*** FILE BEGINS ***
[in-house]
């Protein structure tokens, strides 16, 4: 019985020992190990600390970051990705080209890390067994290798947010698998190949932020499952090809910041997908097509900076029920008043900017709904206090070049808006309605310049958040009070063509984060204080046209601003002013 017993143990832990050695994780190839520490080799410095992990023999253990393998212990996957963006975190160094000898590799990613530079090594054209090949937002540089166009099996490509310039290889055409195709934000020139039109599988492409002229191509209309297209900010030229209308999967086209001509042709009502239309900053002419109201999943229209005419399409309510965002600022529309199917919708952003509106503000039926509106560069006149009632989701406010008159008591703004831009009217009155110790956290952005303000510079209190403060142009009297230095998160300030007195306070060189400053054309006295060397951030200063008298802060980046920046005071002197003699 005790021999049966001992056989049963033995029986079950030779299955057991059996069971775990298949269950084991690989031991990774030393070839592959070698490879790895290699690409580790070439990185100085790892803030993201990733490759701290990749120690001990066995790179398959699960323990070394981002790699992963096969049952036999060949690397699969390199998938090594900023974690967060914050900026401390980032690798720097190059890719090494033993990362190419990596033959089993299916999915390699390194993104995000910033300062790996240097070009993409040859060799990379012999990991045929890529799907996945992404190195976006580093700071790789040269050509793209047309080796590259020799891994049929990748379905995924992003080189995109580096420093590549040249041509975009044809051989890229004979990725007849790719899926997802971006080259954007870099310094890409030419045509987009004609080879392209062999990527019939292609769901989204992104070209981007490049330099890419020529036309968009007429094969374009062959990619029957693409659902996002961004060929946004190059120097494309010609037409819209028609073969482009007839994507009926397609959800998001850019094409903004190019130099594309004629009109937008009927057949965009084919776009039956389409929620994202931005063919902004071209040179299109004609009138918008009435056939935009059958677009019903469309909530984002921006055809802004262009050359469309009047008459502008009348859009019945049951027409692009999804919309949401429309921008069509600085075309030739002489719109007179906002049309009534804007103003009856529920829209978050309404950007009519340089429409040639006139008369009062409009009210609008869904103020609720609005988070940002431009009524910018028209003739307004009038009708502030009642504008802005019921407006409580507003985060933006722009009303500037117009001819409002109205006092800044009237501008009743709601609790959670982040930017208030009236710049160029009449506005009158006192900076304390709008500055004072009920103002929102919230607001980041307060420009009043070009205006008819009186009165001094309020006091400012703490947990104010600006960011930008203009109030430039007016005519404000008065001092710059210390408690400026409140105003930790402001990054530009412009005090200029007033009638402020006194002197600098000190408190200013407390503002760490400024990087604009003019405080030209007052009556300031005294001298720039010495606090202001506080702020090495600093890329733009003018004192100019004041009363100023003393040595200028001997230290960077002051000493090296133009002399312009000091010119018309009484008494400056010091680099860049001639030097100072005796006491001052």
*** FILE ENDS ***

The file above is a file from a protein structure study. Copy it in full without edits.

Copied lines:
[in-house]
């Protein structure tokens, strides 16, 4: 019985020992190990600390970051990705080209890390067994290798947010698998190949932020499952090809910041997908097509900076029920008043900017709904206090070049808006309605310049958040009070063509984060204080046209601003002013 017993143990832990050695994780190839520490080799410095992990023999253990393998212990996957963006975190160094000898590799990613530079090594054209090949937002540089166009099996490509310039290889055409195709934000020139039109599988492409002229191509209309297209900010030229209308999967086209001509042709009502239309900053002419109201999943229209005419399409309510965002600022529309199917919708952003509106503000039926509106560069006149009632989701406010008159008591703004831009009217009155110790956290952005303000510079209190403060142009009297230095998160300030007195306070060189400053054309006295060397951030200063008298802060980046920046005071002197003699 005790021999049966001992056989049963033995029986079950030779299955057991059996069971775990298949269950084991690989031991990774030393070839592959070698490879790895290699690409580790070439990185100085790892803030993201990733490759701290990749120690001990066995790179398959699960323990070394981002790699992963096969049952036999060949690397699969390199998938090594900023974690967060914050900026401390980032690798720097190059890719090494033993990362190419990596033959089993299916999915390699390194993104995000910033300062790996240097070009993409040859060799990379012999990991045929890529799907996945992404190195976006580093700071790789040269050509793209047309080796590259020799891994049929990748379905995924992003080189995109580096420093590549040249041509975009044809051989890229004979990725007849790719899926997802971006080259954007870099310094890409030419045509987009004609080879392209062999990527019939292609769901989204992104070209981007490049330099890419020529036309968009007429094969374009062959990619029957693409659902996002961004060929946004190059120097494309010609037409819209028609073969482009007839994507009926397609959800998001850019094409903004190019130099594309004629009109937008009927057949965009084919776009039956389409929620994202931005063919902004071209040179299109004609009138918008009435056939935009059958677009019903469309909530984002921006055809802004262009050359469309009047008459502008009348859009019945049951027409692009999804919309949401429309921008069509600085075309030739002489719109007179906002049309009534804007103003009856529920829209978050309404950007009519340089429409040639006139008369009062409009009210609008869904103020609720609005988070940002431009009524910018028209003739307004009038009708502030009642504008802005019921407006409580507003985060933006722009009303500037117009001819409002109205006092800044009237501008009743709601609790959670982040930017208030009236710049160029009449506005009158006192900076304390709008500055004072009920103002929102919230607001980041307060420009009043070009205006008819009186009165001094309020006091400012703490947990104010600006960011930008203009109030430039007016005519404000008065001092710059210390408690400026409140105003930790402001990054530009412009005090200029007033009638402020006194002197600098000190408190200013407390503002760490400024990087604009003019405080030209007052009556300031005294001298720039010495606090202001506080702020090495600093890329733009003018004192100019004041009363100023003393040595200028001997230290960077002051000493090296133009002399312009000091010119018309009484008494400056010091680099860049001639030097100072005796006491001052």